International Criminal Court ‘nakedly political’, Pompeo claims
Move to investigate allegations of torture by US sparks ‘shameful attacks’ against officials
US secretary of state Mike Pompeo: rejects ICC scrutiny of claims CIA operated “black sites” in Poland, Lithuania and Romania. Photograph: Jim Lo Scalzo
The row between the Trump White House and the International Criminal Court (ICC) has worsened after a fresh exchange of insults, with US secretary of state Mike Pompeo describing the court as “a nakedly political body” – and global supporters demanding he stop his “shameful attacks”.
What was new about Mr Pompeo’s comments on Tuesday was that while his contempt for the ICC has thus far focused mainly on its prosecutor, Fatou Bensouda, and her determination to open an investigation in Afghanistan, this time he publicly named two little-known though senior officials.
The belief at ICC headquarters in The Hague is that this new strategy has two aims: to sow unease among officials who may feel they cannot defend themselves against the US and to convince the court to appoint a more compliant prosecutor when Ms Bensouda steps down in June next year.
The row dates to March 2019 when Ms Bensouda applied for permission to investigate the alleged mass killing of civilians by the Taliban, as well as allegations of torture by Afghan government forces and by the US, including the CIA, between May 2003 and 2014.
Focus on Africa
Her application was at first rejected by the court, to the dismay both of international human rights organisations and of those who felt the ICC should strategically switch its focus away from Africa – a focus for which it had been slated by the African Union as “a tool of western neo-colonialism”.
However, that rejection was overturned earlier this month by a panel of appeal judges, giving the prosecutor an immediate green light.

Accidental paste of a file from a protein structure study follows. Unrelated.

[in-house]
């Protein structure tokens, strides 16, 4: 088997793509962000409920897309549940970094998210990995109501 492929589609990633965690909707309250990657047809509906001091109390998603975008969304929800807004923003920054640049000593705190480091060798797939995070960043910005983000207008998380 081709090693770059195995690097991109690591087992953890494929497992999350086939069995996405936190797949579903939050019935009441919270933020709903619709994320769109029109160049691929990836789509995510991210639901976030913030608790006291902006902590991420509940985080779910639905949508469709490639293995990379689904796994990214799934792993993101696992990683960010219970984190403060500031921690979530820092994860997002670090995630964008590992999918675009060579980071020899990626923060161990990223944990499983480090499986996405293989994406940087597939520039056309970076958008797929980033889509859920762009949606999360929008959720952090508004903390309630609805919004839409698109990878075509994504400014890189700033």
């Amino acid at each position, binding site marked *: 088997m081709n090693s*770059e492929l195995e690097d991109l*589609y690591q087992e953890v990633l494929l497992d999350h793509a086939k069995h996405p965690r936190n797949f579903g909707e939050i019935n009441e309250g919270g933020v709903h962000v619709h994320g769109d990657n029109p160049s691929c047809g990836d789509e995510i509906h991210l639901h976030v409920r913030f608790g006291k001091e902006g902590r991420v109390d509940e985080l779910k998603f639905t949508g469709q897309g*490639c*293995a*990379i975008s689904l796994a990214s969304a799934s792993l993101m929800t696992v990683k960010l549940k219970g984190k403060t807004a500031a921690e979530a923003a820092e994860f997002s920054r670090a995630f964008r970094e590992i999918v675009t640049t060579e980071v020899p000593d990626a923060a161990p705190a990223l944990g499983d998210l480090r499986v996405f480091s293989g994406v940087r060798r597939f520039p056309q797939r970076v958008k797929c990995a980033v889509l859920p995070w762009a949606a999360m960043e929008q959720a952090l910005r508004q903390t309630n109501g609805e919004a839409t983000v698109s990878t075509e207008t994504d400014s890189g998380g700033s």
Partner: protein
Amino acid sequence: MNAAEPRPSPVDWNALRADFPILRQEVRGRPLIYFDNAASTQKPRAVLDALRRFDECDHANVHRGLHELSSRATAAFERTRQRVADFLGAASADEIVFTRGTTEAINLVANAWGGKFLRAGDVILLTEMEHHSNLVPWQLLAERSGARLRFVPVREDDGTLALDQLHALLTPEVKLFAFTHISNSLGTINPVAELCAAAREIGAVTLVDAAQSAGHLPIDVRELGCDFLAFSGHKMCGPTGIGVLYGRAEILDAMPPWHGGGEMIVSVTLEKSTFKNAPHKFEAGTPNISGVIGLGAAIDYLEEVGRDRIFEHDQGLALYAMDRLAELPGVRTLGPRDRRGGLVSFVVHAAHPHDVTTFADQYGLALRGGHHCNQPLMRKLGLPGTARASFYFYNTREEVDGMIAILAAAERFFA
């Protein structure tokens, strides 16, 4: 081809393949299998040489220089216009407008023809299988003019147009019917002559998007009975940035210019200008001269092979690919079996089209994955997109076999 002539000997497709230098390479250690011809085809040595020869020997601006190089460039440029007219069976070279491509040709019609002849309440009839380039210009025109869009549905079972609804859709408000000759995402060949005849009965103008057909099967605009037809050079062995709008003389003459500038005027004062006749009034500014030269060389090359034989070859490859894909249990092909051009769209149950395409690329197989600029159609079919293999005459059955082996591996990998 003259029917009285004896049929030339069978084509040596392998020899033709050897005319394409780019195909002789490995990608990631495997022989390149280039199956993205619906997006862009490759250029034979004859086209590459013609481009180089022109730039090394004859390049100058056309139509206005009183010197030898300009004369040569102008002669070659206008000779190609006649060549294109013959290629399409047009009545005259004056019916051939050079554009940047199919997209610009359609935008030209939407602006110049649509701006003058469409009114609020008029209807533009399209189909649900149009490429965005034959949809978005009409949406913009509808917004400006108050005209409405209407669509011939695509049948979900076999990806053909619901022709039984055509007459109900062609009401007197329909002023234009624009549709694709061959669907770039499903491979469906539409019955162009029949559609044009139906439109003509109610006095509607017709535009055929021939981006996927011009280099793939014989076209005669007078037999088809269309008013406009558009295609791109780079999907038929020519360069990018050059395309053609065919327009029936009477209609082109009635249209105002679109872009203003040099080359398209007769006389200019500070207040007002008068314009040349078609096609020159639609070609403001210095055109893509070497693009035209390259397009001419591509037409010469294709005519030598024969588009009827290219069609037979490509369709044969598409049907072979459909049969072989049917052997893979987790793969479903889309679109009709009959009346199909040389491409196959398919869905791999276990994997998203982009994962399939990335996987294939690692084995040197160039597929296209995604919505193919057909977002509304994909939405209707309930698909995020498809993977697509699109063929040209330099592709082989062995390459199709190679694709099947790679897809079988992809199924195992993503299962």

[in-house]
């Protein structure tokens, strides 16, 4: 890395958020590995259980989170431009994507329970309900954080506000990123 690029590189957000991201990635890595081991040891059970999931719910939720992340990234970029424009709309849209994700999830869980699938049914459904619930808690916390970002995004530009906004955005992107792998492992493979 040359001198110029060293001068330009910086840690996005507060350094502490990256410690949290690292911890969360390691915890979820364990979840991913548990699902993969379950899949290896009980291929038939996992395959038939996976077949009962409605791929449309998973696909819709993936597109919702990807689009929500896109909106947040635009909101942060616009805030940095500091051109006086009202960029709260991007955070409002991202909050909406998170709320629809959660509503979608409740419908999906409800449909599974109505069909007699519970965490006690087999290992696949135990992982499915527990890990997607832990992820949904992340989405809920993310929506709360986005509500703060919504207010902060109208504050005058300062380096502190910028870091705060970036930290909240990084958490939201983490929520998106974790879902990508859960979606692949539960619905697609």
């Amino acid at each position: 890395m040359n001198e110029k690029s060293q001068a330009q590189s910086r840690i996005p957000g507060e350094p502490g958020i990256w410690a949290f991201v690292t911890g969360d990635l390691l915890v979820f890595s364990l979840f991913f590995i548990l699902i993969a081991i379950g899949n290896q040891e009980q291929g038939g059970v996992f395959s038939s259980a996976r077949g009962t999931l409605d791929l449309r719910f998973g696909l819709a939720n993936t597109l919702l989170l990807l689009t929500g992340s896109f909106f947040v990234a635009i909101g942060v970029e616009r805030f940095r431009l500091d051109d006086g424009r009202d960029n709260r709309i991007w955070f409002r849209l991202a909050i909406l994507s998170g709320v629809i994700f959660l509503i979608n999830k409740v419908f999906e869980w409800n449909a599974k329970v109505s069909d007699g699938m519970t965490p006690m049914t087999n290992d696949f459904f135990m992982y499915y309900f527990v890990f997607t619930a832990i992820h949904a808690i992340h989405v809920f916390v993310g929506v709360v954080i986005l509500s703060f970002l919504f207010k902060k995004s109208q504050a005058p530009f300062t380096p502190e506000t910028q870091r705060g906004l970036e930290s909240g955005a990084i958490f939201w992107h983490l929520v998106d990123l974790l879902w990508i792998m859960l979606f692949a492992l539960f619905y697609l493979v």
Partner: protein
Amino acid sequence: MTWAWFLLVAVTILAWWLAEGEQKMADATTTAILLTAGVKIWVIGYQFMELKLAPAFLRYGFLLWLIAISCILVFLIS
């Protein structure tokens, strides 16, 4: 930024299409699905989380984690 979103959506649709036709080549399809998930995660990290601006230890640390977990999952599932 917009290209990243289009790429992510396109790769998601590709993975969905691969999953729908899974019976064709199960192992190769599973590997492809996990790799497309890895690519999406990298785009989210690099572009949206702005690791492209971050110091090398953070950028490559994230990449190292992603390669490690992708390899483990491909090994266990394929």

Even more controversially, the judges decided unanimously that the inquiry’s scope should also include allegations that CIA “black sites” were operated in Poland, Lithuania and Romania to which captives were forcibly transferred – or “rendered” – for so-called “enhanced interrogation”.
This decision was expected to draw the ire of the US administration, which it duly did.
A few days later, Mr Pompeo described it as “a truly breathtaking action by an unaccountable political institution masquerading as a legal body”, adding that it was “reckless” coming just days after America signed a peace deal with the Taliban aimed at ending 18 years of conflict.
‘Americans at risk’
Then , on Tuesday, he went further, identifying Ms Bensouda’s chief of staff, Sam Shoamanesh, and the court’s head of jurisdiction, Phakiso Mochochocko, as two people who were “helping drive . . . Fatou Bensouda’s efforts to use the court to investigate Americans”.
He added: “I’m examining this information now and considering what the United States’ next steps ought to be with respect to these individuals and to all those who are putting Americans at risk.”
In a statement on Wednesday, the New York-based World Federalist Movement – which incorporates the civil society Coalition for the ICC – called on the US to cease its “shameful attacks” on the court which were calculated “to intimidate international justice defenders and their families”.
It said the US should also stop “abusing its sanctions regime” and lift existing travel sanctions against Ms Bensouda.